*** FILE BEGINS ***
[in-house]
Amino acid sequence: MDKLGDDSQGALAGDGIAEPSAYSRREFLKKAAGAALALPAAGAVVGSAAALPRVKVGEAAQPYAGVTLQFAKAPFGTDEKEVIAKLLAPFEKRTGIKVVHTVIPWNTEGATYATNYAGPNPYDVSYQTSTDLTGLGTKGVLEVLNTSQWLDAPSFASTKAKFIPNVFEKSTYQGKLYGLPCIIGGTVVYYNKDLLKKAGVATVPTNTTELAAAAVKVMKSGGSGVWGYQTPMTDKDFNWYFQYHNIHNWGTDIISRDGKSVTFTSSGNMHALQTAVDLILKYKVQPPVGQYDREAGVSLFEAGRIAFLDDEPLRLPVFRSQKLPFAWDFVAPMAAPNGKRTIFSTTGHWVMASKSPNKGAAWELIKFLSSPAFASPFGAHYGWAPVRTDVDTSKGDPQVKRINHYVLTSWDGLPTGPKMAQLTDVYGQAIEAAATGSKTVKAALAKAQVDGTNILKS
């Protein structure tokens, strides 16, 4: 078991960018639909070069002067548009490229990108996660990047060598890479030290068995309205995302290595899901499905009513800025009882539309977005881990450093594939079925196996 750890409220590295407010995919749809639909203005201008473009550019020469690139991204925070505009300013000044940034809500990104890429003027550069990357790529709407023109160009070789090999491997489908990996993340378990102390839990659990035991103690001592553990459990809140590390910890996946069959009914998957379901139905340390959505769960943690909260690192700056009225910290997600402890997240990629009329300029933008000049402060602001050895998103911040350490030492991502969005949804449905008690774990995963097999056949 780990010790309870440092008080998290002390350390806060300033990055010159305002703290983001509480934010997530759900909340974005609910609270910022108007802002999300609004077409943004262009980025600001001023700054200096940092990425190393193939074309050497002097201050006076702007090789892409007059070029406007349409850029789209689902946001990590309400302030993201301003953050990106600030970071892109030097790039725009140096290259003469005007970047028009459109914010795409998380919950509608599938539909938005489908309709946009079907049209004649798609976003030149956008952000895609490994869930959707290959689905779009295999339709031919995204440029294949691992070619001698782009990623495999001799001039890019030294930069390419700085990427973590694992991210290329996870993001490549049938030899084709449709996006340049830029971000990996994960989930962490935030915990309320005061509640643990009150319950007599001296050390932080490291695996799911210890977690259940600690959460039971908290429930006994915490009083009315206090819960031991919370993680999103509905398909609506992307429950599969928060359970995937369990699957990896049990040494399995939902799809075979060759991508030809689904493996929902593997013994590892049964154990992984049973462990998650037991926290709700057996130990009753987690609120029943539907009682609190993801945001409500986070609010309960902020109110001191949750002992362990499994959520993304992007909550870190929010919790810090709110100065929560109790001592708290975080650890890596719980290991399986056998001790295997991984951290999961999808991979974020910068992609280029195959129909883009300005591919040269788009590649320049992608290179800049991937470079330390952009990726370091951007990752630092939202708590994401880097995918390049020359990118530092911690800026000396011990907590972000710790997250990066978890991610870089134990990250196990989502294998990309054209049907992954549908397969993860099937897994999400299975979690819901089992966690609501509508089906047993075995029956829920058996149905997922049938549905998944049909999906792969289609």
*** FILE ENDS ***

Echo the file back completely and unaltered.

[in-house]
Amino acid sequence: MDKLGDDSQGALAGDGIAEPSAYSRREFLKKAAGAALALPAAGAVVGSAAALPRVKVGEAAQPYAGVTLQFAKAPFGTDEKEVIAKLLAPFEKRTGIKVVHTVIPWNTEGATYATNYAGPNPYDVSYQTSTDLTGLGTKGVLEVLNTSQWLDAPSFASTKAKFIPNVFEKSTYQGKLYGLPCIIGGTVVYYNKDLLKKAGVATVPTNTTELAAAAVKVMKSGGSGVWGYQTPMTDKDFNWYFQYHNIHNWGTDIISRDGKSVTFTSSGNMHALQTAVDLILKYKVQPPVGQYDREAGVSLFEAGRIAFLDDEPLRLPVFRSQKLPFAWDFVAPMAAPNGKRTIFSTTGHWVMASKSPNKGAAWELIKFLSSPAFASPFGAHYGWAPVRTDVDTSKGDPQVKRINHYVLTSWDGLPTGPKMAQLTDVYGQAIEAAATGSKTVKAALAKAQVDGTNILKS
């Protein structure tokens, strides 16, 4: 078991960018639909070069002067548009490229990108996660990047060598890479030290068995309205995302290595899901499905009513800025009882539309977005881990450093594939079925196996 750890409220590295407010995919749809639909203005201008473009550019020469690139991204925070505009300013000044940034809500990104890429003027550069990357790529709407023109160009070789090999491997489908990996993340378990102390839990659990035991103690001592553990459990809140590390910890996946069959009914998957379901139905340390959505769960943690909260690192700056009225910290997600402890997240990629009329300029933008000049402060602001050895998103911040350490030492991502969005949804449905008690774990995963097999056949 780990010790309870440092008080998290002390350390806060300033990055010159305002703290983001509480934010997530759900909340974005609910609270910022108007802002999300609004077409943004262009980025600001001023700054200096940092990425190393193939074309050497002097201050006076702007090789892409007059070029406007349409850029789209689902946001990590309400302030993201301003953050990106600030970071892109030097790039725009140096290259003469005007970047028009459109914010795409998380919950509608599938539909938005489908309709946009079907049209004649798609976003030149956008952000895609490994869930959707290959689905779009295999339709031919995204440029294949691992070619001698782009990623495999001799001039890019030294930069390419700085990427973590694992991210290329996870993001490549049938030899084709449709996006340049830029971000990996994960989930962490935030915990309320005061509640643990009150319950007599001296050390932080490291695996799911210890977690259940600690959460039971908290429930006994915490009083009315206090819960031991919370993680999103509905398909609506992307429950599969928060359970995937369990699957990896049990040494399995939902799809075979060759991508030809689904493996929902593997013994590892049964154990992984049973462990998650037991926290709700057996130990009753987690609120029943539907009682609190993801945001409500986070609010309960902020109110001191949750002992362990499994959520993304992007909550870190929010919790810090709110100065929560109790001592708290975080650890890596719980290991399986056998001790295997991984951290999961999808991979974020910068992609280029195959129909883009300005591919040269788009590649320049992608290179800049991937470079330390952009990726370091951007990752630092939202708590994401880097995918390049020359990118530092911690800026000396011990907590972000710790997250990066978890991610870089134990990250196990989502294998990309054209049907992954549908397969993860099937897994999400299975979690819901089992966690609501509508089906047993075995029956829920058996149905997922049938549905998944049909999906792969289609």